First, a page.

Rutherford spotted the portrait miniature during the spring but was not able to see it in person due to lockdown restrictions.
Rather than the described Sir Walter Raleigh, Rutherford knew it was of the unpopular French king thanks to research she had completed on the period that featured in the National Portrait Gallery’s 2019 show Elizabethan Treasures: Miniatures by Hilliard and Oliver.
The identity of the artist – court artist Jean Decourt (c.1530-85) – was confirmed when Philip Mould’s team bought the item and a conservator opened the painting’s frame and found the signature, ‘Decourt’ along with the date ‘1578’, on the reverse.
Unusually, despite Decourt’s high profile and status at the time, no signed portrait had been unequivocally ascribed to him.
Rutherford said: “When I spotted this at auction I knew it was of Henry III and I knew it was of that period, but I didn’t know who it was by. There are only 10 miniatures of Henri III in existence and although Jean Decourt was a central figure and artist in the Royal courts of his day no signed portraits have been unequivocally ascribed to him.”
Rutherford added: “This was that special fusion of a rare artist and a rare subject. It is one of the most exciting discoveries the gallery has made and a highlight of my career as a specialist.”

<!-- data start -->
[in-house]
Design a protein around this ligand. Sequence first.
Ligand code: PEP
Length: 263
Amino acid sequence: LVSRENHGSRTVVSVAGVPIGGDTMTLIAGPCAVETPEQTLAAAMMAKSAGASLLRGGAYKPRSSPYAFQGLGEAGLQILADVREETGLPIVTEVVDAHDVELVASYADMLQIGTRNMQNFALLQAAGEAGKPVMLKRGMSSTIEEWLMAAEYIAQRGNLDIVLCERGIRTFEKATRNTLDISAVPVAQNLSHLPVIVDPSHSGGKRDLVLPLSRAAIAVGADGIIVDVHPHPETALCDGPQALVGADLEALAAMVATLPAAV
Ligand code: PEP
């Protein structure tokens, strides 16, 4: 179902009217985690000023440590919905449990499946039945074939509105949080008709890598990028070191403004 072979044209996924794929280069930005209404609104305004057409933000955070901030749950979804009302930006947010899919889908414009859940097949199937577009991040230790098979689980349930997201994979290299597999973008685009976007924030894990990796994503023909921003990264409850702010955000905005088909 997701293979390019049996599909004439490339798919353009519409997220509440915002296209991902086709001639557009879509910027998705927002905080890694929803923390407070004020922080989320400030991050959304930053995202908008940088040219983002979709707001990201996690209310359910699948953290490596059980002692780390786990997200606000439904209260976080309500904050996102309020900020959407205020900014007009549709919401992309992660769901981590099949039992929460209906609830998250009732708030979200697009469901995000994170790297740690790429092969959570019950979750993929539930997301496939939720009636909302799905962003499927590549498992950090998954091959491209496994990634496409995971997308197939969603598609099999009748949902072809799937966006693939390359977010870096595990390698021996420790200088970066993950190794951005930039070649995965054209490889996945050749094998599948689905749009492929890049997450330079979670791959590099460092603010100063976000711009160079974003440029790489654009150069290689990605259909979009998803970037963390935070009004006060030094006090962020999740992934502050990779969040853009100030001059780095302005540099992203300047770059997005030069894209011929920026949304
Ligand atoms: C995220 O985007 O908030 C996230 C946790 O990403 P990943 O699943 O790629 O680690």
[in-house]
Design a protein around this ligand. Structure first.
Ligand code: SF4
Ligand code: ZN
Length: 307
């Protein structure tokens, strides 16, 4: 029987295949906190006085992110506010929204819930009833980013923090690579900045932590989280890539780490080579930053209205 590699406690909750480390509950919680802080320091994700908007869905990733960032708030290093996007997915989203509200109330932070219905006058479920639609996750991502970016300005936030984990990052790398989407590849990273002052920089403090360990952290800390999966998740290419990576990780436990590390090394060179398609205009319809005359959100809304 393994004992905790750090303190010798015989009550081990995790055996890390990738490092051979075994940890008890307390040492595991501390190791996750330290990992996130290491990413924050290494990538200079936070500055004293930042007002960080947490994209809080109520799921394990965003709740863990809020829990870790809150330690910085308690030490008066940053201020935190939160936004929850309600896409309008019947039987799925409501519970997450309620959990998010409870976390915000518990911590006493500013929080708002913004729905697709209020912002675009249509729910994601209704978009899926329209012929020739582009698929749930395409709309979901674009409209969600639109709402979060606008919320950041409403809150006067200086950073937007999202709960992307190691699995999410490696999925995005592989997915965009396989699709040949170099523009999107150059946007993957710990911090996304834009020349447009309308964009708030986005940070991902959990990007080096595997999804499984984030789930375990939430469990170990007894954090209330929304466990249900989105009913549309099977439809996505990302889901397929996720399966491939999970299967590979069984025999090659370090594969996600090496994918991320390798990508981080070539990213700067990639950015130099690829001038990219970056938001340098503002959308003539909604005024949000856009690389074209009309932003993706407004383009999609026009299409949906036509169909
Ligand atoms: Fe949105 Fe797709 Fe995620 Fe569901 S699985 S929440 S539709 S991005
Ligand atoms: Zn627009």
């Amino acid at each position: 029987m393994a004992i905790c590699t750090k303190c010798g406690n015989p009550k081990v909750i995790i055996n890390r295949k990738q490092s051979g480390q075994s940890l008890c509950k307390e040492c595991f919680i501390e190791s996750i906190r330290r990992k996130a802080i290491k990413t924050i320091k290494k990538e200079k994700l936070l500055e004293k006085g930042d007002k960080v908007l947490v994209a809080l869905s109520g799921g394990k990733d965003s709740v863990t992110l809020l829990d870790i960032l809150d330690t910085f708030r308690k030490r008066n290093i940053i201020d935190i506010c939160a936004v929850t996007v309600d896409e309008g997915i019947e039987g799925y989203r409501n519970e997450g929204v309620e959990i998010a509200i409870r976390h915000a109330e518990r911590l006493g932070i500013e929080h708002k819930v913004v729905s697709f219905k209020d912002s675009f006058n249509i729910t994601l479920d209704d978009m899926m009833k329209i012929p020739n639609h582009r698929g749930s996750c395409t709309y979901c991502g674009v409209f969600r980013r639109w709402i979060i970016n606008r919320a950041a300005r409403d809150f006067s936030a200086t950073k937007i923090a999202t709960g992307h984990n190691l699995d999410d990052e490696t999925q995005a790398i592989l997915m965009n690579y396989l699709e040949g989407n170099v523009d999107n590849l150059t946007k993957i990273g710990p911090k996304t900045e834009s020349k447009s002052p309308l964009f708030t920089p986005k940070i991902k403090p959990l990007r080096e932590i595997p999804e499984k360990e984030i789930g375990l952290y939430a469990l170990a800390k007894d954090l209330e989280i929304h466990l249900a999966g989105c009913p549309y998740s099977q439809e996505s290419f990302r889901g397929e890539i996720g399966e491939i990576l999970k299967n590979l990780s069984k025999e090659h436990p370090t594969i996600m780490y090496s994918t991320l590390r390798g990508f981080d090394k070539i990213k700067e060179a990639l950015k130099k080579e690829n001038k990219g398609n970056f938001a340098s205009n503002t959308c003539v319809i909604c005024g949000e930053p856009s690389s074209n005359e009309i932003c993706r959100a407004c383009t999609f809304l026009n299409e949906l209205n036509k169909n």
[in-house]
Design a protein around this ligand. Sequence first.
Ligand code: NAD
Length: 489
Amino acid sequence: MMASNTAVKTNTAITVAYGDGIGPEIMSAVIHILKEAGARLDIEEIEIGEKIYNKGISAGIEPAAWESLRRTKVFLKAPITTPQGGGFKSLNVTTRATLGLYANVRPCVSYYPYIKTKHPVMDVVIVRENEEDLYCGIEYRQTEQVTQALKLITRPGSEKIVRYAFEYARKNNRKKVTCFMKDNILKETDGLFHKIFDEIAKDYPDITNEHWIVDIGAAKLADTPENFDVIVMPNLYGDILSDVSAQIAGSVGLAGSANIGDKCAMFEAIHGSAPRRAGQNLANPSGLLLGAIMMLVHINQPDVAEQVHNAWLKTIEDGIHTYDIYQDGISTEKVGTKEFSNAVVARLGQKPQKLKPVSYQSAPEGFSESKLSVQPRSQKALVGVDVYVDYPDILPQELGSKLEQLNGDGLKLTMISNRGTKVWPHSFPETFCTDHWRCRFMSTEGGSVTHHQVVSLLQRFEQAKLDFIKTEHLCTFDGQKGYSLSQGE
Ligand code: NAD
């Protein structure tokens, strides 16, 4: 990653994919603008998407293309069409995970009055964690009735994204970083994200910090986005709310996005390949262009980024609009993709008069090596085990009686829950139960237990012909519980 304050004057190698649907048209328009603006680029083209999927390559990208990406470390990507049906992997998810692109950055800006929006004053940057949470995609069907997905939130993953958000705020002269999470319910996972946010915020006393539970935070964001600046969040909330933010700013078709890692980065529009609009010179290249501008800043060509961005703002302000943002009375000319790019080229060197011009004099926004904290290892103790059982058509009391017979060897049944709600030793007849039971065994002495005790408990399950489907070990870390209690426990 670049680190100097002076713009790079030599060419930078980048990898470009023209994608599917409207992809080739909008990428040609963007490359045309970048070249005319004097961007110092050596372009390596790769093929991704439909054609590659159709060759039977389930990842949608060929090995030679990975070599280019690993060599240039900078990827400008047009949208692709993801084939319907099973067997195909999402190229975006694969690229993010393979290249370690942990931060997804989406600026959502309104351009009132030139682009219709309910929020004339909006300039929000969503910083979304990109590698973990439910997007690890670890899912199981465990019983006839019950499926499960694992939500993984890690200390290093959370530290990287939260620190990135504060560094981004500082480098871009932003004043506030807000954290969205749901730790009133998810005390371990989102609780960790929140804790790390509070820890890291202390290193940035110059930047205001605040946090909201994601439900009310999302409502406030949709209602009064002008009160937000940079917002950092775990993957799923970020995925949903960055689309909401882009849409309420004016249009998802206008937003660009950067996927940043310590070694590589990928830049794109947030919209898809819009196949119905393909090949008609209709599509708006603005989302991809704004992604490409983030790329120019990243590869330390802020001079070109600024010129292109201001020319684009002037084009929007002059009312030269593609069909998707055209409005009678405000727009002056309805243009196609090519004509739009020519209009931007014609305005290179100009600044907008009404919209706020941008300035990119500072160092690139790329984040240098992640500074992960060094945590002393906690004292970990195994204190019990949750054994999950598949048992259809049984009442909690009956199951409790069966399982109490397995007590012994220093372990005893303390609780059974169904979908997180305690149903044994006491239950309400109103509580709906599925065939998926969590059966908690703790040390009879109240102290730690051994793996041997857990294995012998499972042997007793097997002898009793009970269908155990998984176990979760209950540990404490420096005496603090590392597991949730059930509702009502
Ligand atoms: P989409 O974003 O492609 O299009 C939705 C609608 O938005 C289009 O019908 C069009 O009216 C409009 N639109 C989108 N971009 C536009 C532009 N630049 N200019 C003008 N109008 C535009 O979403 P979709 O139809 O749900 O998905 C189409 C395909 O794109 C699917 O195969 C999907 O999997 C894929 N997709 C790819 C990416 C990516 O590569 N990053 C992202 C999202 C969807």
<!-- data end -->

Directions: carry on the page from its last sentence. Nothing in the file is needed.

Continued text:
Philip Mould said: “This work is a hugely significant unpublished image of a misunderstood King, and confirmation of Jean Decourt’s immense talent. It would be wonderful if it could ‘come home’ to Paris. We have therefore given the Louvre the first opportunity to purchase it.”
A price was not given but the most recent example of a Decourt selling at auction was a small oil painting in 2016 at Christie’s which sold for a premium-inclusive £785,000.
There are very few existing depictions of Henry III partly due to his unpopularity during and after his reign. He was unpopular for many reasons including his taste for flamboyant dress, his penchant for having young men surrounding him at court and failing to produce an heir.
Although he improved the royal finances, it was also through practices such as selling offices and his lack of support in the war against the Protestants that led to the people in Paris turning against him. This led to an uprising in the capital in 1588.
He later had political rivals the Guise brothers murdered which led to his assassination by a Catholic fanatic in August 1589.